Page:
Brodie Neill’s perfect weekend in Tasmania

The furniture and product designer – and founder of London-based Made in Ratio – has won international acclaim for his sculptural work, including pieces made from recycled ocean plastics

Brodie Neill in Tasmania
Brodie Neill in Tasmania | Image: Adam Gibson

“My mind is going at a million miles an hour when I wake up on Saturdays, and going for a run calms me down. I spend eight weeks of the year back home in Hobart, and my running route gives me a chance to reminisce. I’ll start at our house in the colonial suburb of Battery Point and follow the River Derwent past the School of Creative Arts where I studied furniture design. It’s the best location for an art school, overlooking the harbour bustling with fishing boats and cruise liners. 

I’ll run as far as the Botanical Gardens, then head home to pick up my wife Fleur and my daughter Synnove, and we’ll go for breakfast at Pigeon Hole, a small nook of a café in the hilly suburb of West Hobart that serves amazing rye toast and golden organic eggs.

Then we’ll wander along Salamanca, a revamped colonial boulevard filled with cafés, market stalls and shops. Among them is LUC, a shop that sells contemporary design, including my collection, and opposite is the Institute for Marine & Antarctic Studies. My Gyro table is made from recycled ocean plastics gathered on Tasmania’s western shores, and I collaborate with the environmentalists, oceanographers and marine biologists at the Institute. We are currently exploring ways in which seaweed could be used as a type of hemp or fibreglass, and I’m always inspired by our discussions around the effects of ocean plastics and global warming.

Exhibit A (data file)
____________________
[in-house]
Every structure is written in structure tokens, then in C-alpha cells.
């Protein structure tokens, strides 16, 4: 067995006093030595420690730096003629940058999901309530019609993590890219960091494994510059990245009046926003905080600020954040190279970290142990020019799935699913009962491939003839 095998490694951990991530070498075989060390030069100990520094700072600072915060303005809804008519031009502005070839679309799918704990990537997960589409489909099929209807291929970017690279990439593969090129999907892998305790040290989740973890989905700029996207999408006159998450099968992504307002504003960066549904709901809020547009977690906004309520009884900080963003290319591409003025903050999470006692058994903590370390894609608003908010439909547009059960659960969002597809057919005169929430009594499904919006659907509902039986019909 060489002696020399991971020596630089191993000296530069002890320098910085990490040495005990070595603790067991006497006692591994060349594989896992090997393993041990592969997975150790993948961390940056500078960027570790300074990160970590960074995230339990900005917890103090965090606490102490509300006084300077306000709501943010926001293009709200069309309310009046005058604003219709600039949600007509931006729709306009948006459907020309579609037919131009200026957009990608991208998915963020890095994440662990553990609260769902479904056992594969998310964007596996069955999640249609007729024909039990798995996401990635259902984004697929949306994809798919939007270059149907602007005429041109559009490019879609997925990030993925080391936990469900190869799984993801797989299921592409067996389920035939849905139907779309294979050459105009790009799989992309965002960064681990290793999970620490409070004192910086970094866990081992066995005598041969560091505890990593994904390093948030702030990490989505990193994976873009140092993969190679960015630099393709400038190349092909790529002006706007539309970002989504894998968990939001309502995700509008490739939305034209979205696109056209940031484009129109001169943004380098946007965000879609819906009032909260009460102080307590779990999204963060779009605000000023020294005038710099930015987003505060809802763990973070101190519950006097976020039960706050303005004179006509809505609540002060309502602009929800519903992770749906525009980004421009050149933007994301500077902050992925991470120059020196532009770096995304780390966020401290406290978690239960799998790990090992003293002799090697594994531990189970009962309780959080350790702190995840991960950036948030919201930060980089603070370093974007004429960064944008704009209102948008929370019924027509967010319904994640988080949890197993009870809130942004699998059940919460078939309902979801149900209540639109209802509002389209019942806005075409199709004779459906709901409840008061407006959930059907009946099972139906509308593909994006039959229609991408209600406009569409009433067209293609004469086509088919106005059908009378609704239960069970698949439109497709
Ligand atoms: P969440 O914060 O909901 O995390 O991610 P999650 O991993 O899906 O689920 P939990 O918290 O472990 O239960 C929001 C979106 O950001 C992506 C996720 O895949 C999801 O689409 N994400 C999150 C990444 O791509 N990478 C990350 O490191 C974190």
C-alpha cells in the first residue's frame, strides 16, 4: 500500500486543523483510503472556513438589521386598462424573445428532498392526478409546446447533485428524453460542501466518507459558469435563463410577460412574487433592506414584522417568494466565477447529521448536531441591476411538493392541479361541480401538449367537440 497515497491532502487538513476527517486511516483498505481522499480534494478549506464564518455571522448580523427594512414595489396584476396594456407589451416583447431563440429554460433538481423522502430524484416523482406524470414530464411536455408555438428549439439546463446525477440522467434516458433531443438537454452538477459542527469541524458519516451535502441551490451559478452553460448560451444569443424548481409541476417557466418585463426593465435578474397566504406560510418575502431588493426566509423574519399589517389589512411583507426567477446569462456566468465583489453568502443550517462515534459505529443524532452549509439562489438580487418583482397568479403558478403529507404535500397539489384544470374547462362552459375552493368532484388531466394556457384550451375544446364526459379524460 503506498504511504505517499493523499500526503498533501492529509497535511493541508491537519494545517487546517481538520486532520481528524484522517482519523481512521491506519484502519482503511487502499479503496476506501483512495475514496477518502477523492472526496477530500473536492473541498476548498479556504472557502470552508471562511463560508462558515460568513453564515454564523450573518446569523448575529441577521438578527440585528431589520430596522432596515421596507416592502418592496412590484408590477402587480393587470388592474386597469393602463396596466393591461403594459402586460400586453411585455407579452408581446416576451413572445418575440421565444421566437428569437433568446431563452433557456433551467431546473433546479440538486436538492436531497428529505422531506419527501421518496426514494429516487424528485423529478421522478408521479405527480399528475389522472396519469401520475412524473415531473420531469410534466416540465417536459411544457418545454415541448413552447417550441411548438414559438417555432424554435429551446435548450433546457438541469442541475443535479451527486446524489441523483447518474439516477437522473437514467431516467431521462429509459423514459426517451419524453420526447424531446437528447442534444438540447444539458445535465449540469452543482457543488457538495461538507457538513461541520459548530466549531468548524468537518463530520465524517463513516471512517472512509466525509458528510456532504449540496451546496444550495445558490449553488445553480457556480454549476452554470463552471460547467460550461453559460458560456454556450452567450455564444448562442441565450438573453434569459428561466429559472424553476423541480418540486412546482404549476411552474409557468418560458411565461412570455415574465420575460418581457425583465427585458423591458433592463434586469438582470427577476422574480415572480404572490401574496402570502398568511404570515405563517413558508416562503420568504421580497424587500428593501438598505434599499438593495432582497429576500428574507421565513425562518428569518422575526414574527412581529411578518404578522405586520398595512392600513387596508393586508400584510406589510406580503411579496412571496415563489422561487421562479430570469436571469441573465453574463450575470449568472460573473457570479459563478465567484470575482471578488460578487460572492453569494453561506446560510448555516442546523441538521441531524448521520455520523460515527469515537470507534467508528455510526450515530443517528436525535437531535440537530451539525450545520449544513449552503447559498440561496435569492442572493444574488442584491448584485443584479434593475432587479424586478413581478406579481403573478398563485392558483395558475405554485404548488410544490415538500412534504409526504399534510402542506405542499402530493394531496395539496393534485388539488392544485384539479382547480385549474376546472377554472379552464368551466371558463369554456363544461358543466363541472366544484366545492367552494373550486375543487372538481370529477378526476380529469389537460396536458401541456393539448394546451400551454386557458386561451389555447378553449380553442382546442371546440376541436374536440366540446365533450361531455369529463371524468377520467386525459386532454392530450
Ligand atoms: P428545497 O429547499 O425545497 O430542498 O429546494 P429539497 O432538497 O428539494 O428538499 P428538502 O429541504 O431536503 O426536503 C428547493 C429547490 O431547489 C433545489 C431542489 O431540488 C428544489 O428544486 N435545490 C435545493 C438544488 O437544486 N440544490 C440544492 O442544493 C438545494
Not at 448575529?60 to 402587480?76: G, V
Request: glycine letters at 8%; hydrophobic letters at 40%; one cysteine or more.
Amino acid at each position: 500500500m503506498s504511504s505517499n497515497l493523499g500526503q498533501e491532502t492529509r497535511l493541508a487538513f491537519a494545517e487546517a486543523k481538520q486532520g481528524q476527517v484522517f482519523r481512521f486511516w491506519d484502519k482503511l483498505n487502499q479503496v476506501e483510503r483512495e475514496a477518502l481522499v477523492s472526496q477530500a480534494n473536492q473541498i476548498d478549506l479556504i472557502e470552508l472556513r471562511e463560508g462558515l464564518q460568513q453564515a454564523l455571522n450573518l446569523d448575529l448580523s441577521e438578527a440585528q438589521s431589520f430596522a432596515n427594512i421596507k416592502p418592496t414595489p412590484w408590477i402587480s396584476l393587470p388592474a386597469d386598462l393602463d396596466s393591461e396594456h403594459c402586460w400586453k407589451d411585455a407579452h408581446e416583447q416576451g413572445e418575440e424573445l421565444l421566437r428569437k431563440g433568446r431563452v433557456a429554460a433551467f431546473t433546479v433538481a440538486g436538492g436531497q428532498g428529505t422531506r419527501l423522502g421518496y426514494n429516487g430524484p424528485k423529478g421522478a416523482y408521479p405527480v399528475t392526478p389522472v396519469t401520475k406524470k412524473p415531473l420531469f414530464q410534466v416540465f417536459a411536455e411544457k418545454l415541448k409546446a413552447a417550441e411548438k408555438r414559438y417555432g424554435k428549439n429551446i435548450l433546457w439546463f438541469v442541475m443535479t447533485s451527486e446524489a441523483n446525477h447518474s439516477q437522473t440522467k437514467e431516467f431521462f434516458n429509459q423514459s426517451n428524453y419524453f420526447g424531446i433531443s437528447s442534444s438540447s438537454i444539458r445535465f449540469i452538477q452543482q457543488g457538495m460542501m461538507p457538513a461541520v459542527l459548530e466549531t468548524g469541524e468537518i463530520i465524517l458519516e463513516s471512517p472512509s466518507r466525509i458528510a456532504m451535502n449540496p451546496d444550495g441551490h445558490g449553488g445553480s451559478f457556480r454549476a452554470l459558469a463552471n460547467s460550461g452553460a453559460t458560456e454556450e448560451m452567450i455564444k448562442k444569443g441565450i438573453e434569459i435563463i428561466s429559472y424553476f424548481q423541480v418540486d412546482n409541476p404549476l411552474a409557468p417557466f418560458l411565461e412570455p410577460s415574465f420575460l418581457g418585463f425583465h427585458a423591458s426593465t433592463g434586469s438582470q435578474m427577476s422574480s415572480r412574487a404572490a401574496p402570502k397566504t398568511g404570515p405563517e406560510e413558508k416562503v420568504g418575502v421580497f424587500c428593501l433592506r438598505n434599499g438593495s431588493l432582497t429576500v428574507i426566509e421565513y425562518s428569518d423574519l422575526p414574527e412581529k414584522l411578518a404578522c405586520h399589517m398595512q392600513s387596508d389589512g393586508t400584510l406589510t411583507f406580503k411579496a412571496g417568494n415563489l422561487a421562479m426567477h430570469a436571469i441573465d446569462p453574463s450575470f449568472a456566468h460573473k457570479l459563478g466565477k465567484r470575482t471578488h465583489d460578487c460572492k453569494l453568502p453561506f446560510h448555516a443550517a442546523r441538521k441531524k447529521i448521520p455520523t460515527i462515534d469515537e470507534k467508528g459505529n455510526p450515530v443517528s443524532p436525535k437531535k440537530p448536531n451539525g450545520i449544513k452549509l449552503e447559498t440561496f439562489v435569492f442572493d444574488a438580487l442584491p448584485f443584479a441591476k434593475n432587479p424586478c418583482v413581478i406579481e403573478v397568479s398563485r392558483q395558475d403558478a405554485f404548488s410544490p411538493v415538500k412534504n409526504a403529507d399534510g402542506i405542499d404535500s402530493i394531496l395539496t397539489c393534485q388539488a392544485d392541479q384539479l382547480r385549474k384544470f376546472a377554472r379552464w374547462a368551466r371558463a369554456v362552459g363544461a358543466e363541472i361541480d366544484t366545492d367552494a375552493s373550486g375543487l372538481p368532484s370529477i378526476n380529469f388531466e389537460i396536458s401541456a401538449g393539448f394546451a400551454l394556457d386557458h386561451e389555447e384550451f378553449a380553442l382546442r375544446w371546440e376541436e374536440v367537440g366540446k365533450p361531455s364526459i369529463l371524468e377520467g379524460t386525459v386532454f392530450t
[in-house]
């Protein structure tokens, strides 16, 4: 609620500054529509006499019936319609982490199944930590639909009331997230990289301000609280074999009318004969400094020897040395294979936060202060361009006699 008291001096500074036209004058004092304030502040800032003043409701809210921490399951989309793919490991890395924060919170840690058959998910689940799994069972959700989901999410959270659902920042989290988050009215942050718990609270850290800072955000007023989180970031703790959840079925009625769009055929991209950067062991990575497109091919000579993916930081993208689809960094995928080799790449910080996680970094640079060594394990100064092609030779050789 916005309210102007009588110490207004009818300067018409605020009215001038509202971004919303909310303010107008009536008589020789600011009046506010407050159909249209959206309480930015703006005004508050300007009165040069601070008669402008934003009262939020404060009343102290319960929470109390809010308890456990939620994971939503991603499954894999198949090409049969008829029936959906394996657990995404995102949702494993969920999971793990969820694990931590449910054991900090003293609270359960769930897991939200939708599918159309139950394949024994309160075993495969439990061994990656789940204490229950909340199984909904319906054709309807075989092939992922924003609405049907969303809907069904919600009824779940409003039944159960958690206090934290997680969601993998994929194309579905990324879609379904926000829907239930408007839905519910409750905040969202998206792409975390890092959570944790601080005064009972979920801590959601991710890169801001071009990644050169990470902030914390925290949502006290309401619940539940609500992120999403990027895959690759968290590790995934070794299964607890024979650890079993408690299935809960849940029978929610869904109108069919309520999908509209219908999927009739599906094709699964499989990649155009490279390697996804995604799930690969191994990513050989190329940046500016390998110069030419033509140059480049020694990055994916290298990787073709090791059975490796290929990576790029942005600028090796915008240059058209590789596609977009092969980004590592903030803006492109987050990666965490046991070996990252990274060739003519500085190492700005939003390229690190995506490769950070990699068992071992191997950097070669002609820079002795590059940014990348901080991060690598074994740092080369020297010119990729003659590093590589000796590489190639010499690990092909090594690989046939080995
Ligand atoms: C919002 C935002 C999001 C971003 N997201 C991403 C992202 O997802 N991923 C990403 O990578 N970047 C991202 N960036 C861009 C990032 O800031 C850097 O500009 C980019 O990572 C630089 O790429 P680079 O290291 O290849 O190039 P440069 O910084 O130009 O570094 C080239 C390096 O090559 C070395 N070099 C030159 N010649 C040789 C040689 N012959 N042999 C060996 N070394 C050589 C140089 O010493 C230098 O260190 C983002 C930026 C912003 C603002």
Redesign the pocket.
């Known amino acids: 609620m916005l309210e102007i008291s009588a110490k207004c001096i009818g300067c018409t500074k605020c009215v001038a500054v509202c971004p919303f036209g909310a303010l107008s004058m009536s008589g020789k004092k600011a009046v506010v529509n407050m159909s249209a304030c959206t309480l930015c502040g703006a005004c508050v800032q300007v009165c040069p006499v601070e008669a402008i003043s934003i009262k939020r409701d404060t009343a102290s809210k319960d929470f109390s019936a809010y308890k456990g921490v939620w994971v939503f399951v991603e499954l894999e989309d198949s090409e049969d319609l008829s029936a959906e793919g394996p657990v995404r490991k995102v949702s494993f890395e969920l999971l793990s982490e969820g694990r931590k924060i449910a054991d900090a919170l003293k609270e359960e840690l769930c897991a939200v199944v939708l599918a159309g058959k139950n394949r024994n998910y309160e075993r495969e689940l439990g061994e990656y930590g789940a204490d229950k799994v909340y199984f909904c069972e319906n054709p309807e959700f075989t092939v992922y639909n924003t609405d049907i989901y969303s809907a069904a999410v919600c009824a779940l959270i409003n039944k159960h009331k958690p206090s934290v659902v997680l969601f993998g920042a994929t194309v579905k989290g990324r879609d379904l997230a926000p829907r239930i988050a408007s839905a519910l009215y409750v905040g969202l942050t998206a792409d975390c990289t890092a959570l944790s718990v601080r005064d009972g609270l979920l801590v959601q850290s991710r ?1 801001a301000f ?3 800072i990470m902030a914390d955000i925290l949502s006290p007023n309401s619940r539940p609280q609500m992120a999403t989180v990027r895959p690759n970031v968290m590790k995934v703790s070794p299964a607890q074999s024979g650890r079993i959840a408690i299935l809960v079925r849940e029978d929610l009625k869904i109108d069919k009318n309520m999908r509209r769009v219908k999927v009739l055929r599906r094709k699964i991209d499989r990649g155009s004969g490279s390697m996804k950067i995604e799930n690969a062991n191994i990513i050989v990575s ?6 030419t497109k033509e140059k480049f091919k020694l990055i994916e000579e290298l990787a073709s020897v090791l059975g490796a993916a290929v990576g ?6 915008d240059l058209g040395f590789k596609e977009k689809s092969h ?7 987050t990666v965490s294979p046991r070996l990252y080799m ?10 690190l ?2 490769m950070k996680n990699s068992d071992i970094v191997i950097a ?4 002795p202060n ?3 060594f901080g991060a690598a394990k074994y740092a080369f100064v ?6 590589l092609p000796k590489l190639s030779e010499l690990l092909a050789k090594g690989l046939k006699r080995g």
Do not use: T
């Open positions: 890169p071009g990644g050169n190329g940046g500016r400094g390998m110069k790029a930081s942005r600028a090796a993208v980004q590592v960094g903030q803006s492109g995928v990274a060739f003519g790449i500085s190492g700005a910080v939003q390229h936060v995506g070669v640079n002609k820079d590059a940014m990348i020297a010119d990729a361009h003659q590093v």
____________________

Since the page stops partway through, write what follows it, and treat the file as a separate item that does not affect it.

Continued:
At lunchtime we’ll take the ferry around the coast to Mona, the Museum of Old and New Art, in Berriedale. It’s built into the cliff face and features more than 400 artworks, four restaurants, a winery, a brewery and event spaces, so we always stay the afternoon. My last visit was to see the new Pharos wing that houses four works by James Turrell. In Tasmania, we often have four seasons in one day, and his work perfectly captures the ever-changing light. 

On the way back to Hobart, we’ll down a refreshing Moo Brew Pilsner from the Mona brewery in the late afternoon sun, before going for dinner at Franklin. It’s housed in a converted art deco car showroom, done out with local wood and the odd wallaby fur. The head chef, Analiese Gregory, prepares delights such as wood-smoked Tasmanian abalone, and there’s an extensive list of natural wines. We’ll then go for a nightcap at Dier Makr: Tasmania has some fine new‑world whiskies – none better than Nant Sherry Cask at a smooth 43 per cent.

Hobart is in the middle of wilderness, with rivers and waterways to the east and mountains to the west, and on Sundays we’ll head out of town. I have family in the D’Entrecasteaux Channel, so we grab coffee from Parklane Espresso, which serves Hobart’s best coffee, before driving through the Huon Valley along the Franklin River to see them. The scenery is breathtaking, and we always take a detour – a 45-minute walk through rainforest – to Snug Falls, where I went as a child. The roar of the water, the unbelievable smells and the lush ferns make it a magical spot. We peel ourselves away and drive to Geevesten, a typical Tasmanian town with apple orchards, boatbuilding and local crafts, and stop at Masaaki’s. He was one of Japan’s top sushi chefs but fell in love with a local girl and then Geevesten itself. His exquisite sushi, made from salmon, trevalla and snapper, is in high demand.


We take the scenic route back around the peninsula to Peppermint Bay, a tranquil tavern overlooking Bruny Island, and sit on the lawn to watch the sunset. I always pick up a bottle of Jetty Road Pinot Noir, then we head home and wind down in preparation for Monday, which always starts like a gunshot.”

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